Guy Rex RodgersWhat We Choose To Remember

Quebec’s summer festivals, street fairs and block parties create opportunities to speak with casual acquaintances and total strangers. A number of Francophones have asked me how Anglos are feeling about Bill 96. They have been surprised that many of us feel a stinging sense of betrayal. I explain that we spent decades respecting the spirit of Bill 101, improving our French, using French as our public language and having our children educated in French. The reward for our effort was Bill 96, which declares that Quebec’s language and culture are threatened by people whose mother tongue is not French. The CAQ cleverly framed the debate so that Francophones hear, “Our language and culture are threatened” and agree. Non-Francophones hear, “You are a threat to Quebec” and disagree.

Regrets about the politicization of language for electoral purposes have been immediately followed by justification for strict language laws. “We are a minority in North America. Our language and culture are threatened.” The existential threat has been around a long time. Bill 101 addressed pragmatic issues such as economic inequality. In 1961, unilingual Francophones earned 10% less than unilingual Anglos and 17% less than bilingual Anglos. Public uproar stirred the government to pass strict language laws. Half a century later the tables have been turned, with unilingual Francophones earning 10% more than unilingual Anglos, 8% more than bilingual Anglos – and a whopping 36% more than French-speaking Allophones. This new economic inequality is ignored by today’s government.

The second most common justification for Bill 96 is language of work. Zealots presume that oppressed workers are increasingly denied the right to speak their mother tongue, and must be defended by stricter laws. The example of a situation that requires strict new laws in the workplace is always the same – “When an Anglo enters the room, every one is forced to speak English.” Elsie Lefebvre, a panelist on TVA’s La Joute recently invoked the myth of the Super Anglo to justify Bill 96.  She said, “Many people tell me, ‘In my workplace, two Anglos joined the team, and now everyone speaks English!’”  What power do these Super Anglos have to force an entire team to capitulate to their language?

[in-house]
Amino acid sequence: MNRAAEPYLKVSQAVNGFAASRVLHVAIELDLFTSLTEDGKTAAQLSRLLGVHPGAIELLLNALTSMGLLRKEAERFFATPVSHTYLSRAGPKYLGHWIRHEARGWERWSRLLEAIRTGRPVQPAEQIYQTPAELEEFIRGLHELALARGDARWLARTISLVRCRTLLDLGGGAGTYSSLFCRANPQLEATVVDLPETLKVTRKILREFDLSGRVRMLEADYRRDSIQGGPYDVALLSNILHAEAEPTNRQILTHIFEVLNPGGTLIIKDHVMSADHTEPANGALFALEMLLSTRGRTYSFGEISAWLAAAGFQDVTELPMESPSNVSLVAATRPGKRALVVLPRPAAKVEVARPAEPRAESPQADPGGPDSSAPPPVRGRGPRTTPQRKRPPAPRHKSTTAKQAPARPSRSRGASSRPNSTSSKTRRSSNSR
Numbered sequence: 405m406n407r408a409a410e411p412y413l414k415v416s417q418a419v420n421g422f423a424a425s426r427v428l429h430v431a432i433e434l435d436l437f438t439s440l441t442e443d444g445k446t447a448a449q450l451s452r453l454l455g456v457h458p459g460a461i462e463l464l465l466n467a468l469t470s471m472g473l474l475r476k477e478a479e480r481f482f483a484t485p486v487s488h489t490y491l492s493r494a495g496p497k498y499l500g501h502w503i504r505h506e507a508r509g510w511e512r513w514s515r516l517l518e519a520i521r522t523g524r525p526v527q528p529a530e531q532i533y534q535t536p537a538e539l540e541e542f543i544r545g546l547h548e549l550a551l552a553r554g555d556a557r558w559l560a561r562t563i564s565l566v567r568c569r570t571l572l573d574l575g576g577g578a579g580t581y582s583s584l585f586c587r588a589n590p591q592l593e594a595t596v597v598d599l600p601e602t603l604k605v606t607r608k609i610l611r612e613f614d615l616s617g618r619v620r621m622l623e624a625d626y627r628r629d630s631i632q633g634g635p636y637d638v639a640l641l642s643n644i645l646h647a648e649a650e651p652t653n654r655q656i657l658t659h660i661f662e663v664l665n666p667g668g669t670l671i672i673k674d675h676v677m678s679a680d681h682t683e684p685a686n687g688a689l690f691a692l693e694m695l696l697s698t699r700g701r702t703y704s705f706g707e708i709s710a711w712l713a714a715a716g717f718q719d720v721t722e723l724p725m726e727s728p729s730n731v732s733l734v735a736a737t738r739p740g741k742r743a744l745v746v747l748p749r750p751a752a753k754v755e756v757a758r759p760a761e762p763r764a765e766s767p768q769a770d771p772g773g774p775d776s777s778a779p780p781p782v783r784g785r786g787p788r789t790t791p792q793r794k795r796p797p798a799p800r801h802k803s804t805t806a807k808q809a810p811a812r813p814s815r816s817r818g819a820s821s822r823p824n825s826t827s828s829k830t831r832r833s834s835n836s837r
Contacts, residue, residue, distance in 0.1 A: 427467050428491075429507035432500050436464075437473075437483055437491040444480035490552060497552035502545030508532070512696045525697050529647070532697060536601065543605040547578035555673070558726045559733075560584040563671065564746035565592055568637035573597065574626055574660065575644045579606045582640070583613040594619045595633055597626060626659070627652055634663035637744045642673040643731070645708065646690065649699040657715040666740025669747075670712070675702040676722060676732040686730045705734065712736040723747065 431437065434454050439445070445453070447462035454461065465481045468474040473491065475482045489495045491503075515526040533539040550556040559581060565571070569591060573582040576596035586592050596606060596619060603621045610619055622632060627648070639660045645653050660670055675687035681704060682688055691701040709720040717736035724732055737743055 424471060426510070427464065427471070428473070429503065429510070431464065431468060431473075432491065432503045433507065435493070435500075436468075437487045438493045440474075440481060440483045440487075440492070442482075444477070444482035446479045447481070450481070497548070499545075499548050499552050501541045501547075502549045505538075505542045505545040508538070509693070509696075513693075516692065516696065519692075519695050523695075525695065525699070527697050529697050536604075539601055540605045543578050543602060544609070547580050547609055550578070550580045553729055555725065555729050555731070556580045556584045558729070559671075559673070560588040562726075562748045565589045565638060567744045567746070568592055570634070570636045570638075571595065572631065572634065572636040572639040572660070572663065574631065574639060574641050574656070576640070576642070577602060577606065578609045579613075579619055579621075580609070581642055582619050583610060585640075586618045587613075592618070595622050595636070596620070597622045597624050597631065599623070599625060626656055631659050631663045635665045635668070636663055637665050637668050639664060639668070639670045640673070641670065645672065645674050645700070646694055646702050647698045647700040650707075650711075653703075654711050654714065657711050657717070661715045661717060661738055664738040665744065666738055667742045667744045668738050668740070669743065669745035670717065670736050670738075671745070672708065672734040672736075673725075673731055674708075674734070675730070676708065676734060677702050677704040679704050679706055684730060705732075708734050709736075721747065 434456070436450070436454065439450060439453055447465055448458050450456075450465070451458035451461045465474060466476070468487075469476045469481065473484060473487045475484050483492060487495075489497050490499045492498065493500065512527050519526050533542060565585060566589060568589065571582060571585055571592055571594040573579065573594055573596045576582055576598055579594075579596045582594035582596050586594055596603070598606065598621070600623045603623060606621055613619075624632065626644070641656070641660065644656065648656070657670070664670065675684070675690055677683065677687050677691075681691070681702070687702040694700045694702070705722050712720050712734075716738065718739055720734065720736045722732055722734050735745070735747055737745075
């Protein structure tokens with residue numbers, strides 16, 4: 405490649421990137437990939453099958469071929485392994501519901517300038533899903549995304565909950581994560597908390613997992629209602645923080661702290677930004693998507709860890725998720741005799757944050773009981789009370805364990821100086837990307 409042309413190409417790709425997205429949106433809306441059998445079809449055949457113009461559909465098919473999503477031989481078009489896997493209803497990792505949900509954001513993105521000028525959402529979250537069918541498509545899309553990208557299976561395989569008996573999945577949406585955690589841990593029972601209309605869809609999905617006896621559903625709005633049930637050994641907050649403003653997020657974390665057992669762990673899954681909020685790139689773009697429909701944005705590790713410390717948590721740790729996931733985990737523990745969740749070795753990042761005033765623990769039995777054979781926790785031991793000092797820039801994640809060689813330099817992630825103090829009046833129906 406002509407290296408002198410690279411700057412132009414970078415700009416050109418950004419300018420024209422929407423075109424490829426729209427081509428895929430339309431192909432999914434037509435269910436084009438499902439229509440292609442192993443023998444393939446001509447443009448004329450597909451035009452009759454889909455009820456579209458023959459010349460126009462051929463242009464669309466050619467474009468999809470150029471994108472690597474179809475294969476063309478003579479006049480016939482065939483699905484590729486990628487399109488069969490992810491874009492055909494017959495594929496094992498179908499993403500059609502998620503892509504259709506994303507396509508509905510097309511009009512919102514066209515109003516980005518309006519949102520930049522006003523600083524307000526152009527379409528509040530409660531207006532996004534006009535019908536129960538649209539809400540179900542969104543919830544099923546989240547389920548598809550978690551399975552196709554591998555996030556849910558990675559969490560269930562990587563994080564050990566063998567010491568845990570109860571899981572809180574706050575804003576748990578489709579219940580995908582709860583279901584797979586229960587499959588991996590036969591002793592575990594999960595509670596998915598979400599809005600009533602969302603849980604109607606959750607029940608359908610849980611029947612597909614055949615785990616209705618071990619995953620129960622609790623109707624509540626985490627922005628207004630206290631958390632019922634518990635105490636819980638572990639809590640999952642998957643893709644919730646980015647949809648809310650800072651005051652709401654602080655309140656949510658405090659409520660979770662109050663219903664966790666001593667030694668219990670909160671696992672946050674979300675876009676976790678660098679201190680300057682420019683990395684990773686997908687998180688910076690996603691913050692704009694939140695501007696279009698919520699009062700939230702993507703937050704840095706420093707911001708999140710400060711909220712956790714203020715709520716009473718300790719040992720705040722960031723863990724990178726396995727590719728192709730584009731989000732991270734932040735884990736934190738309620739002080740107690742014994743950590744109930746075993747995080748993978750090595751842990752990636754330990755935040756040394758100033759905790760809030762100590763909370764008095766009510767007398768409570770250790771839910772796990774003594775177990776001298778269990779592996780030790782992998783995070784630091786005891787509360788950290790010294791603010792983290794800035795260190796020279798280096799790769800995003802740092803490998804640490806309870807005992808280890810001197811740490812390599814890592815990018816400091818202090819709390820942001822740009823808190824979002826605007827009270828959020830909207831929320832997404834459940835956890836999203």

Every time I hear this story of the Super Anglo mesmerizing Francophones colleagues with the supernatural powers of a Pied Piper, I imagine a concert at the Francofolies Festival. An American tourist has bought a ticket to experience the local culture. She asks the usher for help finding her seat, in English – and something extraordinary happens. Concertgoers who overhear the tourist immediately switch from French to English. The contagion rapidly spreads through the entire audience and when the curtain rises, the musicians burst into song – in English – and everyone sings along!

One possible explanation for the Super Anglo phenomenon is that Quebec’s Francophones are extraordinarily welcoming to outsiders. This is part of the explanation for ‘bonjour-hi’. My kids ask if it bothers me that clerks switch to English the instant they hear my accent. I find it puzzling when I am speaking fully-functional French that someone replies to me in English, but I presume they are being courteous. Maybe this is what is happening in work places all around Quebec? But if the motivation is courtesy, why so much griping?  If clerks choose to speak to me in English I do not expect to hear them kvetching as I walk away, “Another damned Anglo denying us the right to speak French!”

Elsie Lefebvre concluded her case for strong government intervention by lamenting, “When people get up in the morning to go to work, they don’t want to have to act like language police!”  She applauded Bill 96’s strong intervention by real language police to end the tyranny of Super Anglos.

Gaétan Barrette, who was a panelist on the same TVA La Joute episode, proposed a simpler solution. When Barrette encounters a Super Anglo clerk, contractor or colleague, he continues speaking in French, courteously but firmly. In his experience “The vast majority of Anglophones – and the data support this – will accept communicating in French.” What? Even Super Anglo will speak French when exposed to a dose of courtesy kryptonite?  If only things were so simple in real life…

Guy Rex Rodgers was founding Executive Director of the English Language Arts Network (ELAN) and recently returned to filmmaking. You can reach Guy at: [email protected]

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